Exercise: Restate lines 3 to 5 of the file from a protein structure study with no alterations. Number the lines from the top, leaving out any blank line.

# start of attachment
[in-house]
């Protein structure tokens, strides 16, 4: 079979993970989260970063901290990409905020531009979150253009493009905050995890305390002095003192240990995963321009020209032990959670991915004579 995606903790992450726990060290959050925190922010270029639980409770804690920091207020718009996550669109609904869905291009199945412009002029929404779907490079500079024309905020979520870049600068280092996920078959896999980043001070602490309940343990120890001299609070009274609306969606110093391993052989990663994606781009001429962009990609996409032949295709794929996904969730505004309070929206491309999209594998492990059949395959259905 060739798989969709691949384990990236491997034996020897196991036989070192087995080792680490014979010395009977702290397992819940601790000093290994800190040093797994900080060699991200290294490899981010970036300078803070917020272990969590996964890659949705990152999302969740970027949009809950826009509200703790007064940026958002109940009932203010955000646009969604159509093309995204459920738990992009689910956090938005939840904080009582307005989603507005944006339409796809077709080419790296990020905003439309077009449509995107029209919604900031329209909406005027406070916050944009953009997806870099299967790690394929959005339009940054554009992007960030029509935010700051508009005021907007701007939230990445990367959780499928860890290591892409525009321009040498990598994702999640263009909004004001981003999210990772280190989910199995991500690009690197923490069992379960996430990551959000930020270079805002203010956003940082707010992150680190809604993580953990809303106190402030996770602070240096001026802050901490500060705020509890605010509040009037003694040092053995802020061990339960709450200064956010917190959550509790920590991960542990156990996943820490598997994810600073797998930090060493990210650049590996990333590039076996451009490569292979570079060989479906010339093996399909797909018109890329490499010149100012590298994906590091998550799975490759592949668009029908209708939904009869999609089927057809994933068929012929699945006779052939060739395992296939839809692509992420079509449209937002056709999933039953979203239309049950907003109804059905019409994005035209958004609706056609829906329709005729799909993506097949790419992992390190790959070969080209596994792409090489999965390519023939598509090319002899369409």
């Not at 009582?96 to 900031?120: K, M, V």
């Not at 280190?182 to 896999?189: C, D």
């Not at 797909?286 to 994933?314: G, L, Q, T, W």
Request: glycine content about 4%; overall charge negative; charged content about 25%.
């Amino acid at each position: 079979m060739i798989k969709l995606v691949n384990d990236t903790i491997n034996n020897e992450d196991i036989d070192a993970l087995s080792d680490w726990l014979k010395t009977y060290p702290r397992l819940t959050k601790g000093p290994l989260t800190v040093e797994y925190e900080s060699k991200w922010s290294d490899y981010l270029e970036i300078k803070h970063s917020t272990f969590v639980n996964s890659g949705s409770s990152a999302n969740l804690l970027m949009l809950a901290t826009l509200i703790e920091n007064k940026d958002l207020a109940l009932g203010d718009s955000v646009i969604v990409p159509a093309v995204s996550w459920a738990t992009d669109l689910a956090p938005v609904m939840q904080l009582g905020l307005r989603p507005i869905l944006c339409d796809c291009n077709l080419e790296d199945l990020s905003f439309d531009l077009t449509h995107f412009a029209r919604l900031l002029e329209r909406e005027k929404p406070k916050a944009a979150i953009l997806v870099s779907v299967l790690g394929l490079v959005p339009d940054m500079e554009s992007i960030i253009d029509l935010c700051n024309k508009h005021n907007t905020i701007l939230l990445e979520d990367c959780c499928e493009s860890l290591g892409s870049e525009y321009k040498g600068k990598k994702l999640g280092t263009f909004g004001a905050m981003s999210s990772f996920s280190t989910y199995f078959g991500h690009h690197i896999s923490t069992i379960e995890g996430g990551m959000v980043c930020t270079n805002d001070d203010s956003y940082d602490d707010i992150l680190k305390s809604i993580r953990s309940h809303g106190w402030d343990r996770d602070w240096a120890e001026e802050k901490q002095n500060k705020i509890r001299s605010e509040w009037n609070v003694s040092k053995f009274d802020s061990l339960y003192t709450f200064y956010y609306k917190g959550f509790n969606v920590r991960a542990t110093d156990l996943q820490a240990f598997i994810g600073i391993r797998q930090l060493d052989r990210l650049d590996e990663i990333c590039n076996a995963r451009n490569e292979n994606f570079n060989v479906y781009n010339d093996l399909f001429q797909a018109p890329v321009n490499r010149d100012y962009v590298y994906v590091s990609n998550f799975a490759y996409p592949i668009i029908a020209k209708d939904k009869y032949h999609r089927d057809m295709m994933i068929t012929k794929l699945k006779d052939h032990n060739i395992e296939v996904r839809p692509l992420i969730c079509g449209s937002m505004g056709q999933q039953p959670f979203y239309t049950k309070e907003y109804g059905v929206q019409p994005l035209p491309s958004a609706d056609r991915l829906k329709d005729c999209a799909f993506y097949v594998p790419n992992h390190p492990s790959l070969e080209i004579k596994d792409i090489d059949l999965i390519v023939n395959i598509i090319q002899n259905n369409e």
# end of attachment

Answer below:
């Not at 009582?96 to 900031?120: K, M, V």
């Not at 280190?182 to 896999?189: C, D």
């Not at 797909?286 to 994933?314: G, L, Q, T, W």